The energy landscape

Policy: Renewable power plans and Green Hydrogen

Last year saw several substantial developments regarding South Africa’s Green Hydrogen policy with public and private sector commitments announced. Green hydrogen is critical in the new energy landscape as it combats climate change and delivers on decarbonising targets. In early November, President Cyril Ramaphosa confirmed that South Africa secured $8.5 billion from developed nations at the COP26 to accelerate the country’s green transition. The acceleration is focussed on phasing out coal and supports investment in green hydrogen energy production.

Significant developments on this front include:

  • An announcement by Deputy Minister of Trade, Industry and Competition, Fikile Majola’s at the webinar Hydrogen Economy – An Opportunity for South Africa to Create an Inclusive Energy Sector with Significant Black Participation in October of last year confirming that the department was in the process of reviewing its Critical Infrastructure Program to alleviate infrastructure costs associated with hydrogen production, fuelling and transport facilities. 
  • In October, government and private-sector partners released a feasibility study identifying three green hydrogen hubs to form a hydrogen valley as well as nine pilot projects in the mobility, industrial and buildings sectors. It also examined opportunities for the export of green hydrogen. 
  • In September, government approved the development of the Hydrogen Society Roadmap intending to prepare South African for a hydrogen economy. The roadmap is being developed by the Department of Science and Innovation, Hydrogen South Africa (HySA), government and industry stakeholders, focussing on national ambitions, sector prioritisation, overarching policy framework and the macro-economic impact of the hydrogen economy.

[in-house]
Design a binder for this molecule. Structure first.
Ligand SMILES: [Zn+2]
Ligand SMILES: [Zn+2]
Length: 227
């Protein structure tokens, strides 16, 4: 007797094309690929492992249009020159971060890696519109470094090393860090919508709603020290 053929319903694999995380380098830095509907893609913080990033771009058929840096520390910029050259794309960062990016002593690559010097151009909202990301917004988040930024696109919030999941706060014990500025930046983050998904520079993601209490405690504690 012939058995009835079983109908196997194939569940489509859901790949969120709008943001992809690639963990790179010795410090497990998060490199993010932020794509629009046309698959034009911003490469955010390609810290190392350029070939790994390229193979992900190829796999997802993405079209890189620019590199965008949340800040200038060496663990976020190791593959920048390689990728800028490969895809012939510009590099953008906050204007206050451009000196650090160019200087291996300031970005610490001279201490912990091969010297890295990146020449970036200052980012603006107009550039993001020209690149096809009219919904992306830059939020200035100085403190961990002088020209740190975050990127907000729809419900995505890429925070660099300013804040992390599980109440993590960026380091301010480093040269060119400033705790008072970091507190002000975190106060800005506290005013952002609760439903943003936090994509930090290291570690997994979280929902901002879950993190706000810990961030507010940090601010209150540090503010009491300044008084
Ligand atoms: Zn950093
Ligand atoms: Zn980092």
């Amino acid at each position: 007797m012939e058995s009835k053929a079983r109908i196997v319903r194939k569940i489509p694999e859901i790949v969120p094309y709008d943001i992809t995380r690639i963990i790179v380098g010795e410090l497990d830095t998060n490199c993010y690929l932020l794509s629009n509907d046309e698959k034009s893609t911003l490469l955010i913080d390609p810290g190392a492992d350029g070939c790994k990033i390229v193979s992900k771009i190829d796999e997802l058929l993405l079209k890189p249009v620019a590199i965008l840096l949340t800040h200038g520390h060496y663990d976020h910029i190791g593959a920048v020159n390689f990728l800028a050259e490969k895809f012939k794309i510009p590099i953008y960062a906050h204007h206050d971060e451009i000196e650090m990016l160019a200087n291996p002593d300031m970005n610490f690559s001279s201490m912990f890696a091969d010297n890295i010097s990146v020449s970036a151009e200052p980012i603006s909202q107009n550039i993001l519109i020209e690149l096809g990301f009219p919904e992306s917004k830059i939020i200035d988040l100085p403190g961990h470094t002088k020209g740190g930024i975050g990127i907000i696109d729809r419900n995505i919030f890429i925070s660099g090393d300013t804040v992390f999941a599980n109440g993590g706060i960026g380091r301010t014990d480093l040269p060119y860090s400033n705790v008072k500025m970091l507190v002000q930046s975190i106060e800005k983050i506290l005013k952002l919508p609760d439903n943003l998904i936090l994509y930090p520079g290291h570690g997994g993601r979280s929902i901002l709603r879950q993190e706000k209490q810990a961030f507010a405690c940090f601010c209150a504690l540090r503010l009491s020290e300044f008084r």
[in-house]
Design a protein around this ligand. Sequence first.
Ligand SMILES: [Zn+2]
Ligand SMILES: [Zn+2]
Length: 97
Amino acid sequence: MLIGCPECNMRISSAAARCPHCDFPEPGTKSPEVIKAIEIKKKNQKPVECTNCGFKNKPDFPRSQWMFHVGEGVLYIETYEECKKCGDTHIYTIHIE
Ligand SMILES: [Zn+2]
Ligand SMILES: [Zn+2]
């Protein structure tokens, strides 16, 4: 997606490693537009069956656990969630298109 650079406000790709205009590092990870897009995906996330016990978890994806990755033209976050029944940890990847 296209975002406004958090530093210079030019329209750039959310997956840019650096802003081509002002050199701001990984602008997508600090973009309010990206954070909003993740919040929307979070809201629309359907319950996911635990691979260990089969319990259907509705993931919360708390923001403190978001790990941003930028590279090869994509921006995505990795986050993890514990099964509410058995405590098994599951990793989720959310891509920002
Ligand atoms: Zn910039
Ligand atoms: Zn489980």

• In July, Sasol Limited and the Industrial Development Corporation (IDC) concluded a memorandum of cooperation to jointly develop and shape an enabling environment to advance South Africa’s green hydrogen economy. At the Africa Green Hydrogen Forum, held in November, Sasol announced that it aimed to start producing green hydrogen by 2023.
  • In June, the Super H2igh Road Scenario for South Africa report was published demonstrating the economic growth potential of green hydrogen, specifically for South Africa to become a key exporter and cutting its greenhouse gas emissions by 70%, if it were to capitalise on opportunities presented by the hydrogen economy. 
  • In May, German development bank KfW initiated a EUR200 million program to support the establishment of green hydrogen projects in South Africa. The Council for Scientific and Industrial Research (CSIR) and Meridian Economics were appointed by KfW to help it identify and evaluate high-potential projects for implementation.
  • Finally, in April the Department of Trade, Industry and Competition outlined the steps it had taken to support the development of the green hydrogen economy in South Africa, including partnering with the private sector in funding opportunities across the hydrogen value chain, and the start of the local production of fuel-cells. 

This year will most certainly see further developments in advancing South Africa’s hydrogen energy potential.